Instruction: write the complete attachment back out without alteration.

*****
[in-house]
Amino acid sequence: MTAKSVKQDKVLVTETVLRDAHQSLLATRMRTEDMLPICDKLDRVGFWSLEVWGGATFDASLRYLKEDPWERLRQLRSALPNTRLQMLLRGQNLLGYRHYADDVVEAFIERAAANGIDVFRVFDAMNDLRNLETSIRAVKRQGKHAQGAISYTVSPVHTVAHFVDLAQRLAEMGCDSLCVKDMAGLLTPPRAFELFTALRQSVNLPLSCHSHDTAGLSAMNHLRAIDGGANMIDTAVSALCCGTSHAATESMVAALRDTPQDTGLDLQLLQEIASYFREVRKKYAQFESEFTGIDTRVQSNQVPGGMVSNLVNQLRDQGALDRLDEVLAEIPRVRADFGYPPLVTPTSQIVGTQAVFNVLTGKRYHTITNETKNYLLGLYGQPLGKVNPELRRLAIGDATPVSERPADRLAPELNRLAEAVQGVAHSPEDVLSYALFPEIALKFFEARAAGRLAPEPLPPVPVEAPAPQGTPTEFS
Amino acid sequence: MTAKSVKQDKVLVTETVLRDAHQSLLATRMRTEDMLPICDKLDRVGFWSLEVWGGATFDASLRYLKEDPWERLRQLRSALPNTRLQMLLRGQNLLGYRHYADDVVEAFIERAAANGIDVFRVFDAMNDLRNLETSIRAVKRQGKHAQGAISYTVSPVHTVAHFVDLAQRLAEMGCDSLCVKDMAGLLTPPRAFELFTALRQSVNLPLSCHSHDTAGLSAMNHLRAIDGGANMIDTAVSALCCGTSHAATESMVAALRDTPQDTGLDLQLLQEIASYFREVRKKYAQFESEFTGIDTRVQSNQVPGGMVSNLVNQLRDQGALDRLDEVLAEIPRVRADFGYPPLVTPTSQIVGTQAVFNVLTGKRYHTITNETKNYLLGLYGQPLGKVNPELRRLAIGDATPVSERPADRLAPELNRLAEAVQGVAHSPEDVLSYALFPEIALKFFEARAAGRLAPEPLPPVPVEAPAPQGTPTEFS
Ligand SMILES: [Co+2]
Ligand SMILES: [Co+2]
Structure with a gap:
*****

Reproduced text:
[in-house]
Amino acid sequence: MTAKSVKQDKVLVTETVLRDAHQSLLATRMRTEDMLPICDKLDRVGFWSLEVWGGATFDASLRYLKEDPWERLRQLRSALPNTRLQMLLRGQNLLGYRHYADDVVEAFIERAAANGIDVFRVFDAMNDLRNLETSIRAVKRQGKHAQGAISYTVSPVHTVAHFVDLAQRLAEMGCDSLCVKDMAGLLTPPRAFELFTALRQSVNLPLSCHSHDTAGLSAMNHLRAIDGGANMIDTAVSALCCGTSHAATESMVAALRDTPQDTGLDLQLLQEIASYFREVRKKYAQFESEFTGIDTRVQSNQVPGGMVSNLVNQLRDQGALDRLDEVLAEIPRVRADFGYPPLVTPTSQIVGTQAVFNVLTGKRYHTITNETKNYLLGLYGQPLGKVNPELRRLAIGDATPVSERPADRLAPELNRLAEAVQGVAHSPEDVLSYALFPEIALKFFEARAAGRLAPEPLPPVPVEAPAPQGTPTEFS
Amino acid sequence: MTAKSVKQDKVLVTETVLRDAHQSLLATRMRTEDMLPICDKLDRVGFWSLEVWGGATFDASLRYLKEDPWERLRQLRSALPNTRLQMLLRGQNLLGYRHYADDVVEAFIERAAANGIDVFRVFDAMNDLRNLETSIRAVKRQGKHAQGAISYTVSPVHTVAHFVDLAQRLAEMGCDSLCVKDMAGLLTPPRAFELFTALRQSVNLPLSCHSHDTAGLSAMNHLRAIDGGANMIDTAVSALCCGTSHAATESMVAALRDTPQDTGLDLQLLQEIASYFREVRKKYAQFESEFTGIDTRVQSNQVPGGMVSNLVNQLRDQGALDRLDEVLAEIPRVRADFGYPPLVTPTSQIVGTQAVFNVLTGKRYHTITNETKNYLLGLYGQPLGKVNPELRRLAIGDATPVSERPADRLAPELNRLAEAVQGVAHSPEDVLSYALFPEIALKFFEARAAGRLAPEPLPPVPVEAPAPQGTPTEFS
Ligand SMILES: [Co+2]
Ligand SMILES: [Co+2]
Structure with a gap: